MALAYSIA’s stronger-than-expected economic growth so far this year has, interestingly, not translated into faster loan growth in the banking sector.
From an investment standpoint, the “disconnect” between economic and loan growth could make Malaysia the least attractive of the five key banking markets in Asean next year, analysts say.
Nomura Global Markets Research, in a report on Asean banks last week, highlights that it prefers markets where growth momentum at the macro and banking levels are in harmony, given that strong economic growth often translates into healthy credit expansion and earnings growth for banks.
“We believe that countries where both momentum of economic growth and banking credit expansion are well-aligned will outperform their peers in 2018. Our pecking order is the Philippines, followed by Thailand, Indonesia, Singapore and Malaysia,” it says in the Nov 21 report.
“For Malaysia, although at the macro level, there is upside risk to growth, we do not expect it to translate into a significantly faster credit growth for the banking system, unlike in the case of the Philippines’ banks. In fact, for Malaysia banks, we forecast a slow loan growth of 4.5% in 2017,” it adds. Loans in Malaysia grew 5.3% in 2016.
Malaysia’s gross domestic product growth in the first three quarters of this year came in at a robust 5.9%. Bank Negara Malaysia governor Tan Sri Muhammad Ibrahim, after announcing 3Q GDP growth of 6.2% y-o-y two weeks ago, said the economy was on track to register growth of 5.2% to 5.7% for the full year, and may even exceed that estimate.
Following that, Nomura now has a GDP forecast of 5.8% for 2017 and 5% for 2018. Loan growth for those years are projected at 4.5% and 5% respectively. Most other research houses are also projecting modest loan growth of between 4% and 5% in 2017 and 2018.
Based on Bank Negara’s latest monthly banking statistics, loan growth in September grew 5.2% y-o-y and just 3.5% on an annualised basis.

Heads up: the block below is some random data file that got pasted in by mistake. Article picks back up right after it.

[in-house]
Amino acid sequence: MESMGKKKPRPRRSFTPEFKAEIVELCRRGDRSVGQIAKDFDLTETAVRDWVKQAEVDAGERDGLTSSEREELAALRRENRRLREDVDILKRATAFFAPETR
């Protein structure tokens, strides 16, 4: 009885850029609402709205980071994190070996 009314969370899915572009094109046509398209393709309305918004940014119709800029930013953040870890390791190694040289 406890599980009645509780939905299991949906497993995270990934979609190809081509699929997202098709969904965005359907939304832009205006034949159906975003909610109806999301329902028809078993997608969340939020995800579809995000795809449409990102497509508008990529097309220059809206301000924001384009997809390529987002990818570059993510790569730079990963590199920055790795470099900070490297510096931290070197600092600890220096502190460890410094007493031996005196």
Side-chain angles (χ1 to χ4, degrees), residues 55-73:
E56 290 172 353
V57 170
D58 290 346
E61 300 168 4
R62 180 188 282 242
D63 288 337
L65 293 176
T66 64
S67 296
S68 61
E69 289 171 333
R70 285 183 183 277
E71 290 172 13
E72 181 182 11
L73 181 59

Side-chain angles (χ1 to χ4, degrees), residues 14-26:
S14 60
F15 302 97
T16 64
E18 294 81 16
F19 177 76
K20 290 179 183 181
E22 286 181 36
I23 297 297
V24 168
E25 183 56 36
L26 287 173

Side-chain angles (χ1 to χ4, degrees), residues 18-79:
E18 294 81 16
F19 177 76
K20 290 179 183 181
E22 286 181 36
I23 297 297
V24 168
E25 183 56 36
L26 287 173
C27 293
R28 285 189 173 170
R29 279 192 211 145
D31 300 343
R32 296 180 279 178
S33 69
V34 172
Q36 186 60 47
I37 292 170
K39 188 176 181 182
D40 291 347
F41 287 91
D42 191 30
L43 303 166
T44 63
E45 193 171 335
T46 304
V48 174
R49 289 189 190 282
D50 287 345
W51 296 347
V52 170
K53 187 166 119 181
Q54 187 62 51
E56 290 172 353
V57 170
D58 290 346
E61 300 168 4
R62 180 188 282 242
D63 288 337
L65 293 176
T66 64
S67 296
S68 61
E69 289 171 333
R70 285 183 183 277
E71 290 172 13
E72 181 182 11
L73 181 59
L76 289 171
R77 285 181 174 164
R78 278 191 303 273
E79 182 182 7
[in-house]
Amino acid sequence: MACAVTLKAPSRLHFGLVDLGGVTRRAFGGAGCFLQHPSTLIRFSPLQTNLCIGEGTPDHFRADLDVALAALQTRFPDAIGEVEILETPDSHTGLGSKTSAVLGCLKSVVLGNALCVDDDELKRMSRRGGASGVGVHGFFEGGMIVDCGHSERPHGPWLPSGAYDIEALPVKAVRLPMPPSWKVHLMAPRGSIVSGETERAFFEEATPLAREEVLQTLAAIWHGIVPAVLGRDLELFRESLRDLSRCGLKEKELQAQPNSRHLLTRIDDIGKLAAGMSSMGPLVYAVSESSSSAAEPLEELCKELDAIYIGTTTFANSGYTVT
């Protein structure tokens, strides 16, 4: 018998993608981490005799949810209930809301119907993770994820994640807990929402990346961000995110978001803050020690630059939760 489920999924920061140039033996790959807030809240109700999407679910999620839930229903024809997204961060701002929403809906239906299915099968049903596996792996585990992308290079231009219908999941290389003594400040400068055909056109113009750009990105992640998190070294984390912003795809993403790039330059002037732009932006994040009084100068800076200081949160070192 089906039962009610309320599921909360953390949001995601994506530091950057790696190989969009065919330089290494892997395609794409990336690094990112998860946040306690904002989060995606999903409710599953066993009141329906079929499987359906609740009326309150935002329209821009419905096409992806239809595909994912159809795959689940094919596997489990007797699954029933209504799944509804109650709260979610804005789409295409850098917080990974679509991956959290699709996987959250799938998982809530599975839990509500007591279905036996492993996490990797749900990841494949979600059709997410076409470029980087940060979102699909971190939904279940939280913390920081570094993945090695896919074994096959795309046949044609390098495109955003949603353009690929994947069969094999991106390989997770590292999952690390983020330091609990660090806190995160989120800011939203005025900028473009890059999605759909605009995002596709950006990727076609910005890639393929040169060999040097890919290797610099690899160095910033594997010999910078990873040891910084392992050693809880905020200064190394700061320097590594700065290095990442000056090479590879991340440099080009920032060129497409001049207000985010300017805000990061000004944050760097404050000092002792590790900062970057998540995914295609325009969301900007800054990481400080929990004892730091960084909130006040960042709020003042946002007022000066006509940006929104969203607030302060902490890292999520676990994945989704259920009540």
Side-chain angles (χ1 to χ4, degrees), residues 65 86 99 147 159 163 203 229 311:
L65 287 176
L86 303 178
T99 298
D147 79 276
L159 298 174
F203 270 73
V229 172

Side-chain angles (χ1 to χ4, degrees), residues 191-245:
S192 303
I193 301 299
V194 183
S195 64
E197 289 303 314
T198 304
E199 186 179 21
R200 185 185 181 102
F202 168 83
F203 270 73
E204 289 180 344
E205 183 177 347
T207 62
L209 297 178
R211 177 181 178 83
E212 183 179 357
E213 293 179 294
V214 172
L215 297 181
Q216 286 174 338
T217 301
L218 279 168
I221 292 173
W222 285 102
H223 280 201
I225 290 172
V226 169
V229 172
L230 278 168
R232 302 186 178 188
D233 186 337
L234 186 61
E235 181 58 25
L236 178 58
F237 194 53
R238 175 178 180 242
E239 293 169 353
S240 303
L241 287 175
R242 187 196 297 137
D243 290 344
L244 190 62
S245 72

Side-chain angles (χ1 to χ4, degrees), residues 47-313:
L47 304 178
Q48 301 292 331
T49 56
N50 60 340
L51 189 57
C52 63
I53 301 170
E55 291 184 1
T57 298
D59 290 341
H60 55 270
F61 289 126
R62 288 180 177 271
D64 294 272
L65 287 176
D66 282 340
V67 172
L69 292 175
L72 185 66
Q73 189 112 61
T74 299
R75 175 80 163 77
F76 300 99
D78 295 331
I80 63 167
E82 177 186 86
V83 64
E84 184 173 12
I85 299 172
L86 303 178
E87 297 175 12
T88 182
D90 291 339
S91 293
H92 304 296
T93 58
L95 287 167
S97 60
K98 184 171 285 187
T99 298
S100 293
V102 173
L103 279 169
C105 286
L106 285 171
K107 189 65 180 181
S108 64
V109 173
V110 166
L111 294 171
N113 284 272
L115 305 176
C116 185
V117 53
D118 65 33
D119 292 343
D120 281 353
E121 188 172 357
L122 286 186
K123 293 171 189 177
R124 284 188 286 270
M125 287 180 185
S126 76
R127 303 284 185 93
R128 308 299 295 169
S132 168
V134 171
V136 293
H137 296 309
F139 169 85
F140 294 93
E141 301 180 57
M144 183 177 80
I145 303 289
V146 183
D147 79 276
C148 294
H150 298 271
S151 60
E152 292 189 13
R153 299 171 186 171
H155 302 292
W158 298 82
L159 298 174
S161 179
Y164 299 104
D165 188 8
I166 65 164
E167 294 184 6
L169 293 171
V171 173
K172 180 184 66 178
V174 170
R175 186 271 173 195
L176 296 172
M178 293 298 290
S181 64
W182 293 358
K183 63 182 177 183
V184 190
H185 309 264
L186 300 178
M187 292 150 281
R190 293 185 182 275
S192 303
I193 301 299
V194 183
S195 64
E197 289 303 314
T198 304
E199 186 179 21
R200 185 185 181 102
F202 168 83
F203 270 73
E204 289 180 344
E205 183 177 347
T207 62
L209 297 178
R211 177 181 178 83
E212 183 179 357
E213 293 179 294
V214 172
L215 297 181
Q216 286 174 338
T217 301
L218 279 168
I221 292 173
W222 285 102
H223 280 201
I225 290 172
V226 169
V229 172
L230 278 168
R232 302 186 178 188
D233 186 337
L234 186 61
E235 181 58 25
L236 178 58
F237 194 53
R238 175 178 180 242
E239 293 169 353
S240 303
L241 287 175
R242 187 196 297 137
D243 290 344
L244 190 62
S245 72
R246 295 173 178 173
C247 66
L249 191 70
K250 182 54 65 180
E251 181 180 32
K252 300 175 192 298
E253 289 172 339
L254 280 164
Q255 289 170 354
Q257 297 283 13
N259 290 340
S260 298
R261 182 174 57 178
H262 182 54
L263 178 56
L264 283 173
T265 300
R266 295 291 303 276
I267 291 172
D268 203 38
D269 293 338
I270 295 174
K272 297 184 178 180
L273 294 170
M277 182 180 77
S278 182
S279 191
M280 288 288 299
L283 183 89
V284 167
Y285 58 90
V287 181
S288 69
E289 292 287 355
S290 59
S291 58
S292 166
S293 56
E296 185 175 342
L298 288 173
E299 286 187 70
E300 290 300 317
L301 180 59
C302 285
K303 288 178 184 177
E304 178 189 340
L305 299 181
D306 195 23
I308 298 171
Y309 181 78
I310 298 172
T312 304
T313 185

So, why isn’t the better economic growth translating into stronger loan growth?
“When you look at the loan growth number, there are two elements to it — loan disbursement and the usual repayment of loans which have been drawn down in the past. While the loan approval is indeed translating into a higher disbursement number, the fact is that the repayments are growing faster than disbursement, especially in residential and non-residential property loans. So, it causes a drag on loan growth,” Nomura’s banking analyst for Malaysia, Tushar Mohata, shares his view with The Edge in a telephone interview.
He says this is a trend that has come about since early last year.
“For example, if RM3 billion of property loans are disbursed in a month, but at the same time, RM2.5 billion of property loans are repaid, then, the loan growth will not be that strong.”
Nomura also believes that policies to cool down Malaysia’s property sector and address relatively high household debt, while necessary, are putting pressure on banks’ loan growth.
It notes that a potential policy rate hike next year — it sees Bank Negara raising the overnight policy rate by 25 basis points in January to 3.25% — will put even more pressure on growth. “The medium-term industry loan growth should average 5% to 7%, relatively weaker than other Asean-5 banking systems, due to overall high household debt-to-GDP (2016: 88%) and property-cooling measures. [The loan growth of] banks with overseas exposures (such as CIMB Group, which has about 20% of its loan book from Indonesia, and Malayan Banking Bhd, which has 25% from Singapore) will also depend on the regional markets,” it says.
Nomura also points out that the valuations of Malaysian banks remain expensive relative to other Asean banks, especially given their weaker return on equity (ROE) profile.
“Malaysian banks may look cheap on a forward price-to-book (PBV) and price-to earnings basis, but this has be viewed in conjunction with an overall slower earnings growth trajectory due to slower loans growth. The policies to cool down the property sector and address high household debt suggest that credit growth for Malaysian banks is likely to be moderate with limited upside, unlike in the case of banks in the Philippines, Indonesia and Thailand, which have potential upside from major infrastructure investments in the next few years,” it says.
Its top banking pick in Malaysia is CIMB Group Holdings Bhd as it sees the bank as the only meaningful ROE turnaround story. It has a “buy” on only one other bank, Public Bank Bhd.
Nomura believes the Philippine banks are likely to be the biggest beneficiaries of the country’s fast-growing economy, and should see strong earnings visibility and valuation multiple expansion. “Thai banks are at an early stage of economic recovery, and as positive signs continue to emerge, the potential for a share price rerating is strong. Indonesia banks, after enjoying a 2017 rally due to earnings recovery, might face limited upside without further growth. Singapore and Malaysia banks, at their current ROEs, trade at an expensive valuation, in our view,” it says.